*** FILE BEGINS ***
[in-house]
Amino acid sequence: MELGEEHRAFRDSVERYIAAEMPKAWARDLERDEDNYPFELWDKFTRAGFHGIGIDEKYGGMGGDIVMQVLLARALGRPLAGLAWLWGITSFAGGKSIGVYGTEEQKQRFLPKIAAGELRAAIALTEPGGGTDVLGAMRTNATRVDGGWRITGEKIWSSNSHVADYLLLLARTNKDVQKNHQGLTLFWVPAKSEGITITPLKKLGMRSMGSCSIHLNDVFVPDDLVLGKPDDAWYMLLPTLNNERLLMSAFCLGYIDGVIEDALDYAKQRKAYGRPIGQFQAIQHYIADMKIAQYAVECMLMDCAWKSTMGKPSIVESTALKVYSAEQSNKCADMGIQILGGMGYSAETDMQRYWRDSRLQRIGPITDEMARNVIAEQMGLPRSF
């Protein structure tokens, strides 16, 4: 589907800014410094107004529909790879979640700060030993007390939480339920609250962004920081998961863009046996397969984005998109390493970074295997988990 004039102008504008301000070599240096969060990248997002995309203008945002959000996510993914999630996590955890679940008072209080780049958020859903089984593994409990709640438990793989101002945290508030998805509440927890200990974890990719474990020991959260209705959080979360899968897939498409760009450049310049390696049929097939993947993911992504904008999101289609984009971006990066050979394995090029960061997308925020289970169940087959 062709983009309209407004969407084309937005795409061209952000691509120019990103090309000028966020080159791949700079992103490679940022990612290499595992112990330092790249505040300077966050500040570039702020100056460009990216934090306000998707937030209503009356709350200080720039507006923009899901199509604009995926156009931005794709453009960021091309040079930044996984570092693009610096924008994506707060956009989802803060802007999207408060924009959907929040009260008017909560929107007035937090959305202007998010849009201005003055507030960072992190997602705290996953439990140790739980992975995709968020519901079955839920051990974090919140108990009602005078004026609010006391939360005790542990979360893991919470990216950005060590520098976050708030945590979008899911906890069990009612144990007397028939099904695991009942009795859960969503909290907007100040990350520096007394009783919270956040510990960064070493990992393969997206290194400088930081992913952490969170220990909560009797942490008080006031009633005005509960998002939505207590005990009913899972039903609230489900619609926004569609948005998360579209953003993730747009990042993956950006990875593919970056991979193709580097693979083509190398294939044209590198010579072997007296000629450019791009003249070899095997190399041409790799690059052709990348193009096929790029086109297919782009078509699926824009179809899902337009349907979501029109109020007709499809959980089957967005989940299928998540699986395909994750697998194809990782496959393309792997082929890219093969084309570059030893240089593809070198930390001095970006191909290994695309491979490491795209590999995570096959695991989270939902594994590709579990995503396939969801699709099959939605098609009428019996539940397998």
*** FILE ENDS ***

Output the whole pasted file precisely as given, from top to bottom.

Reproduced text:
[in-house]
Amino acid sequence: MELGEEHRAFRDSVERYIAAEMPKAWARDLERDEDNYPFELWDKFTRAGFHGIGIDEKYGGMGGDIVMQVLLARALGRPLAGLAWLWGITSFAGGKSIGVYGTEEQKQRFLPKIAAGELRAAIALTEPGGGTDVLGAMRTNATRVDGGWRITGEKIWSSNSHVADYLLLLARTNKDVQKNHQGLTLFWVPAKSEGITITPLKKLGMRSMGSCSIHLNDVFVPDDLVLGKPDDAWYMLLPTLNNERLLMSAFCLGYIDGVIEDALDYAKQRKAYGRPIGQFQAIQHYIADMKIAQYAVECMLMDCAWKSTMGKPSIVESTALKVYSAEQSNKCADMGIQILGGMGYSAETDMQRYWRDSRLQRIGPITDEMARNVIAEQMGLPRSF
């Protein structure tokens, strides 16, 4: 589907800014410094107004529909790879979640700060030993007390939480339920609250962004920081998961863009046996397969984005998109390493970074295997988990 004039102008504008301000070599240096969060990248997002995309203008945002959000996510993914999630996590955890679940008072209080780049958020859903089984593994409990709640438990793989101002945290508030998805509440927890200990974890990719474990020991959260209705959080979360899968897939498409760009450049310049390696049929097939993947993911992504904008999101289609984009971006990066050979394995090029960061997308925020289970169940087959 062709983009309209407004969407084309937005795409061209952000691509120019990103090309000028966020080159791949700079992103490679940022990612290499595992112990330092790249505040300077966050500040570039702020100056460009990216934090306000998707937030209503009356709350200080720039507006923009899901199509604009995926156009931005794709453009960021091309040079930044996984570092693009610096924008994506707060956009989802803060802007999207408060924009959907929040009260008017909560929107007035937090959305202007998010849009201005003055507030960072992190997602705290996953439990140790739980992975995709968020519901079955839920051990974090919140108990009602005078004026609010006391939360005790542990979360893991919470990216950005060590520098976050708030945590979008899911906890069990009612144990007397028939099904695991009942009795859960969503909290907007100040990350520096007394009783919270956040510990960064070493990992393969997206290194400088930081992913952490969170220990909560009797942490008080006031009633005005509960998002939505207590005990009913899972039903609230489900619609926004569609948005998360579209953003993730747009990042993956950006990875593919970056991979193709580097693979083509190398294939044209590198010579072997007296000629450019791009003249070899095997190399041409790799690059052709990348193009096929790029086109297919782009078509699926824009179809899902337009349907979501029109109020007709499809959980089957967005989940299928998540699986395909994750697998194809990782496959393309792997082929890219093969084309570059030893240089593809070198930390001095970006191909290994695309491979490491795209590999995570096959695991989270939902594994590709579990995503396939969801699709099959939605098609009428019996539940397998």